INTRODUCTION: We explored transmission of the coronavirus disease 2019 (COVID-19) in severely ill patients and analysed the relationship between co-morbidity and mortality or the need for intensive care unit (ICU) care.
METHODS: Clinical data, treatment and outcome were analysed in this retrospective study of 101 consecutive patients with COVID-19 admitted to a regional Danish hospital from 2 March 2020, based on data from electronic medical records.
RESULTS: The mean age was 71.8 years, 33% were never smokers and 82% had one or more predefined chronic diseases. In-hospital mortality was 30%, and 20% of the patients were offered ICU care. In ICU patients, we found a male preponderance (88% versus 44%, p = 0.006), but death (50% versus 25%, p = 0.053) and other pre-defined co-morbidities did not differ significantly from non-ICU patients. The source of infection was unknown in 74% of patients, related to endemic travel in 10%, hospital acquired in 6% and related to close acquaintances in 11%. COVID-19-related symptoms were initially observed from February 21 (week 8 and week 9) in the first three patients who had no known source of infection. We found that 7% of cases had an increased risk of in-hospital transmission, based on a 7-16 days delay in coronavirus testing.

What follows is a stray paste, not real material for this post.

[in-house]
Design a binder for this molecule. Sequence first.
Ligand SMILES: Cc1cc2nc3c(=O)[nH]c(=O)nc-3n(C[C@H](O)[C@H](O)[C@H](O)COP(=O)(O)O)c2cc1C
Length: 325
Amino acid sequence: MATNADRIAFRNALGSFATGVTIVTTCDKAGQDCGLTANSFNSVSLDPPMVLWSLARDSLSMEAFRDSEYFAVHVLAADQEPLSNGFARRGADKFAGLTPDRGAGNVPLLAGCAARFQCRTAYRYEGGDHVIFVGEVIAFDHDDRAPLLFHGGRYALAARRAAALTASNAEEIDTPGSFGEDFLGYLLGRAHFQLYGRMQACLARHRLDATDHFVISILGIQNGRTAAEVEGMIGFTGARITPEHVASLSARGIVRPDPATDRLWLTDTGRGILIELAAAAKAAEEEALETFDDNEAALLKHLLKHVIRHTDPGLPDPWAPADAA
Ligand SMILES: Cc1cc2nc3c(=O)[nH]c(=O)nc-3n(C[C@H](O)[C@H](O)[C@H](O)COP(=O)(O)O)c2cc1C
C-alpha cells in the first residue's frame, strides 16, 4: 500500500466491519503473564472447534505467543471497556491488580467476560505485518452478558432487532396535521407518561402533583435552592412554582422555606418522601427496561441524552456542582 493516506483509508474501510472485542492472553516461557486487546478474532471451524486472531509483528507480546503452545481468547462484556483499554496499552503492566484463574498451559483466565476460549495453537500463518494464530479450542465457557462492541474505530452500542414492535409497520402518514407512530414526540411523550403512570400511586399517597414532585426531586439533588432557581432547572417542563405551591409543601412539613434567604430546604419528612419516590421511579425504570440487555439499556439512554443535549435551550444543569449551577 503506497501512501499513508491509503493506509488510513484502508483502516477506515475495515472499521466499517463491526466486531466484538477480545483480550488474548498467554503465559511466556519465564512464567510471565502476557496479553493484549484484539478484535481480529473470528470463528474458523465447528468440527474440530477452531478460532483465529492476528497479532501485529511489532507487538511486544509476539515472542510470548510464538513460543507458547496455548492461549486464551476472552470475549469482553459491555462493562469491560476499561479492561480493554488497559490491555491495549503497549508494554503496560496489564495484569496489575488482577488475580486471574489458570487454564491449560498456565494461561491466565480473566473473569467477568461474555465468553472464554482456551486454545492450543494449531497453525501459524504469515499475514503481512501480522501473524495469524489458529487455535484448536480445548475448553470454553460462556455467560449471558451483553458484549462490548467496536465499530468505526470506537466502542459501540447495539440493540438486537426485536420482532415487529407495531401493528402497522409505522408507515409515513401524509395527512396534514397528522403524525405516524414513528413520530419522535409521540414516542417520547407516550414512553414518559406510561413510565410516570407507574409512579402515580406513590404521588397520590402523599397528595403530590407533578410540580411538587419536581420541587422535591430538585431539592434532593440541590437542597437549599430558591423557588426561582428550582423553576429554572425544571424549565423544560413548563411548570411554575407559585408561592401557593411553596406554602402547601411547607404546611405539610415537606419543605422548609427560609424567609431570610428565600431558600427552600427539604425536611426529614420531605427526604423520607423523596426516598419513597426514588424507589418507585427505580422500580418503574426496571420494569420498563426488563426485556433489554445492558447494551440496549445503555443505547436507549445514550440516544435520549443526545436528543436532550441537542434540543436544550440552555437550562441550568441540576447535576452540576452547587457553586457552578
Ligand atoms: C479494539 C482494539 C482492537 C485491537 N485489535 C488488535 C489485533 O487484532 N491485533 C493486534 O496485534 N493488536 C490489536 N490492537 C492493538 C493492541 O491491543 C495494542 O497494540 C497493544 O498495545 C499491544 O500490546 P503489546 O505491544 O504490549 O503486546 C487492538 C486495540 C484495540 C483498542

CONCLUSIONS: The frequency of co-morbidity in hospital-admitted COVID-19 patients and the correlation to death and ICU attendance were analysed. In all, 74% of the infection cases were of unknown source during the first weeks of the epidemic, which points to considerable community transmission and possibly pre- or asymptomatic transmission, also several weeks before 21 February 2020.
TRIAL REGISTRATION: not relevant after correspondence with the Ethics Committee of Region Zealand. Furthermore, permission was granted from The Danish Data Protection Agency, Region Zealand (REG-070-2020).
|Tidsskrift||Danish medical journal|
|Status||Udgivet - 6 aug. 2020|